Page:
Department of Mechanical Engineering

Powertrain and Vehicle Research Centre

Powertrain and Vehicle Research Centre The Powertrain and Vehicle Research Centre (PVRC) conducts internationally prize-winning research, focusing on improving the efficiency and emissions of both diesel and petrol engines.

We conduct research that is systems-based on all aspects of automotive powertrain engineering.

Our research represents four decades of achievement and extensive engagement with the automotive industry.

Contact us

Director: Professor Gary Hawley
Tel: +44 (0) 1225 386855

Deputy Director: Professor Chris Brace
Tel: +44 (0) 1225 386731
Fax: +44(0) 1225 386928

 We have made a significant contribution to the continued development of low and ultra-low carbon vehicles, reducing their CO2 signature and thereby enhancing fuel economy. We have played an important role in the vital task of making a cleaner environment.

Research areas



Further details

The Powertrain and Vehicle Research Centre's research is developed and embedded into business as highlighted in our case studies below.

Our success has come from a real exchange of staff, industry personnel based at Bath, and colleagues here seconded to companies.

PVRC research at the University of Bath: second generation hybrid system to reduce CO2 emissions

Second generation hybrid system design for reduced carbon dioxide



PVRC research at the University of Bath: Energy improvements in generating sets

Efficiency improvements in generating sets



PVRC research at the University of Bath: CO2 measurement accuracy and precision

Reducing CO2 in cars through precision measurements



PVRC Research at the University of Bath: air charge management

Air charge management - Turbo centre



The industry-standard research facilities operated within the Powertrain Vehicle Research Centre have been designed with flexibility in mind to meet the needs of the automotive industry.

We work to ensure the highest confidence in our results, enabling us to deliver excellent value to our clients.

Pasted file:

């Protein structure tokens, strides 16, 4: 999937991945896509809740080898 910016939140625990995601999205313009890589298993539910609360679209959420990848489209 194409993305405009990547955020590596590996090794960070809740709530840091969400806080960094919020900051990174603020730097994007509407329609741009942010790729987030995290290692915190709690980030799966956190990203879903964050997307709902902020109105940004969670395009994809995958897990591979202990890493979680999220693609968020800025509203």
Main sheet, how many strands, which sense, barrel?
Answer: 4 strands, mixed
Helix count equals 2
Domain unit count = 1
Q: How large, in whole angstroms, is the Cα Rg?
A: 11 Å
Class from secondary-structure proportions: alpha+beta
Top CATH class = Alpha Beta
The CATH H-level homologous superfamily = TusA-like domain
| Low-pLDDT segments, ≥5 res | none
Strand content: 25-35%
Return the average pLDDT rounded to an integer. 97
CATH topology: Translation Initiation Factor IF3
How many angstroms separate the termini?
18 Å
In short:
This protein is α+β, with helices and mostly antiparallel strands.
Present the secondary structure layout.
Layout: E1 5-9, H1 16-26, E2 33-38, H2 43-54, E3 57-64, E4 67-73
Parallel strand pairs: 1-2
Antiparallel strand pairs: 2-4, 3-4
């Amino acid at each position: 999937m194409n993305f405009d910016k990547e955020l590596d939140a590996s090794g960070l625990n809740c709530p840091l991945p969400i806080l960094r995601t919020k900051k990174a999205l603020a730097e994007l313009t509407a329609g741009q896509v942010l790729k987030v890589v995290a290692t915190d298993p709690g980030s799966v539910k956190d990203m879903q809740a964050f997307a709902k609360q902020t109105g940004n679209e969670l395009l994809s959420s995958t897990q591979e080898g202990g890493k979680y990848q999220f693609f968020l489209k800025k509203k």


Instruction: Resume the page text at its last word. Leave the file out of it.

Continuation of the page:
Facility Overview
Centre for Low Emission Vehicle Research (CLEVeR) Our recently upgraded, state-of-the-art chassis dynamometer forms the hub of our vehicle research activities
Dynamic engine research cell (1) Flexible AC dynamometer facility for engine testing over realistic cycles.
Dynamic engine research cell (2) Data acquisition and control using CP Engineering Cadet V14 software allowing complex test scheduling.
Dynamic engine research cell (3) 16 high speed (crank synchronous) channels for fast emissions or combustion analysis.
InterSyn advanced transmission research facility A flexible transmission test facility built to match customer requirements.
Emissions measurement facility A centralised emission measurement facility houses a Horiba MEXA-7000 Series and the gas conditioning unit.
Control, simulation and rapid prototyping Developed for dynamic simulation of fluid power systems and extended to include many automotive features.

Work with us

The Powertrain and Vehicle Research Centre is available for work ranging from short one-day test programmes to custom-designed research programmes lasting many months.

The facility has been designed with flexibility in mind and is suitable for transmission testing and research across all industries and sectors.

Quality-centred approach

Our emphasis is on quality. From the initial experimental design to the execution of tests and the analysis of results, we work to ensure the highest confidence in our results, enabling us to deliver excellent value to our clients.

We have extensive experience of work with industry and we are well-aware of customer’s needs as well as confidentiality and timeliness of delivery. An example of our long-standing partnership with industry is Ford, who have sponsored contract research with us for the last 24 years.

There are numerous ways in which we can work with you. From knowledge of your needs and potential outcomes we can ensure that our capability and your expectations are in harmony from the outset.

Research and Development

  • Contract-funded research
  • Provision of technical advice
  • Design and construction of experimental apparatus
  • Development of mathematical models and simulations
  • Preparation of expert critical literature reviews
  • Writing technical reports
  • Technical and environmental assessment of alternative technologies

We are also interested in ‘working in partnership’ to exploit Government, Research Council and European funding and we would be glad to discuss such requirements with you.

Knowledge Transfer Partnerships (KTPs)  and consultancy

Knowledge Transfer Partnerships (KTPs) bring together the PVRC and industry, working together on a development project that is strategically important to the company's future. The Centre engages in KTP projects such as:

  • Ashwoods Automotive - Second generation hybrid ystem design for reduced carbon dioxide